Moody’s on Thursday downgraded Egypt’s credit rating by a notch to ‘Caa1’ from ‘B3’, citing the country’s worsening debt affordability.
Egypt has been facing an economic crisis with record inflation and a chronic foreign currency shortage, and a borrowing spree over the last eight years has made external debt repayments increasingly onerous.
“Moody’s expects the materialization of asset sale proceeds at the central bank to help restore the economy’s foreign currency liquidity buffer,” the credit rating agency said, placing Egypt’s outlook at ‘stable’.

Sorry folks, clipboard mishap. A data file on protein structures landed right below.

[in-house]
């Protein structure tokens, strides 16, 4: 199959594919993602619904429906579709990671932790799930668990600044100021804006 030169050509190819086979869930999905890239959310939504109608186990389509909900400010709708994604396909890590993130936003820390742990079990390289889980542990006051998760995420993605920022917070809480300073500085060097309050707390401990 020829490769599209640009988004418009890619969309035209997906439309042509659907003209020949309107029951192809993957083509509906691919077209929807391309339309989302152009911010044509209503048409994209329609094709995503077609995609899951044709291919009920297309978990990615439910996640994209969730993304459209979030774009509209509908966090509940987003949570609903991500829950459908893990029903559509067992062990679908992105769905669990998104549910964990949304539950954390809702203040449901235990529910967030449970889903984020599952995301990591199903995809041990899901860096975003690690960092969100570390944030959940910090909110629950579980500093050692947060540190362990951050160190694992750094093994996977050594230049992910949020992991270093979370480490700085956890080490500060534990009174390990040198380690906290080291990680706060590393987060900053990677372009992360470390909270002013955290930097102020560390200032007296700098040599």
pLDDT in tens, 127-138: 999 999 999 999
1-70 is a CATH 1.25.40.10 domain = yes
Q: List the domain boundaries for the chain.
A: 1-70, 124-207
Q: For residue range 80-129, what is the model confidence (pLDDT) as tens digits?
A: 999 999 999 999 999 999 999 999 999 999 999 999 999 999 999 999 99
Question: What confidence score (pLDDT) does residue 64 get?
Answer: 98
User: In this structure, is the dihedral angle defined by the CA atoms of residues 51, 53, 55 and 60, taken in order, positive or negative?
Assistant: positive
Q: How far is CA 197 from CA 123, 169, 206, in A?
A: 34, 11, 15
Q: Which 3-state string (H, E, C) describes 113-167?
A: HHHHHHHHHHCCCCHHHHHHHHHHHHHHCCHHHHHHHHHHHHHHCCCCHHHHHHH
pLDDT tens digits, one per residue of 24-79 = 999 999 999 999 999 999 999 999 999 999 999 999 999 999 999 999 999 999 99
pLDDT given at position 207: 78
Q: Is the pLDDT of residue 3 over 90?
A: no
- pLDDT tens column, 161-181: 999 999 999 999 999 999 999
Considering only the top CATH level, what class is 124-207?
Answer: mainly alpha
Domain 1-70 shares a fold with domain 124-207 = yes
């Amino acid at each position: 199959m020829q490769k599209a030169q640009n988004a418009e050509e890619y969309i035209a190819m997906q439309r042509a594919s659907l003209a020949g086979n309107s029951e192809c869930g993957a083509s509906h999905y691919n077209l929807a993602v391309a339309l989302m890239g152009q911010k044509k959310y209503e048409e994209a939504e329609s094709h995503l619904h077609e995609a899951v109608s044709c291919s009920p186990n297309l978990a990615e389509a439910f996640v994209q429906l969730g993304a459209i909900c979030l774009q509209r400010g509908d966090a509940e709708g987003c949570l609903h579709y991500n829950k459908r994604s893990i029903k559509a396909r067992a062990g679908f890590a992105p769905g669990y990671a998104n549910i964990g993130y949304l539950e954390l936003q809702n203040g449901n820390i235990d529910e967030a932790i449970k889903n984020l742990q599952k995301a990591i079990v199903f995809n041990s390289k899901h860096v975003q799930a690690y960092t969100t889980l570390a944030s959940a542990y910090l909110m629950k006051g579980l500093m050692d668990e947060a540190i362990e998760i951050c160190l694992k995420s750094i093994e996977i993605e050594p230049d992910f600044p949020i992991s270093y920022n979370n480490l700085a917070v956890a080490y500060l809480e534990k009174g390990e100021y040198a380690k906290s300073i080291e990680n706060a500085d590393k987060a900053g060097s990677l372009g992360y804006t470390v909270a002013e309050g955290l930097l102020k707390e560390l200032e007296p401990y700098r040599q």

The outlook reflects the agency’s expectation that Egypt will have continued access to official financial support from the International Monetary Fund under its $3 billion arrangement.
Egypt has imposed import restrictions to remedy the shortage of foreign currency, while at least two national banks have suspended the use of Egyptian pound debit cards outside the country to stop a drain on foreign currency.
The country, which is preparing for elections in December, devalued its currency by more than half in the year to March.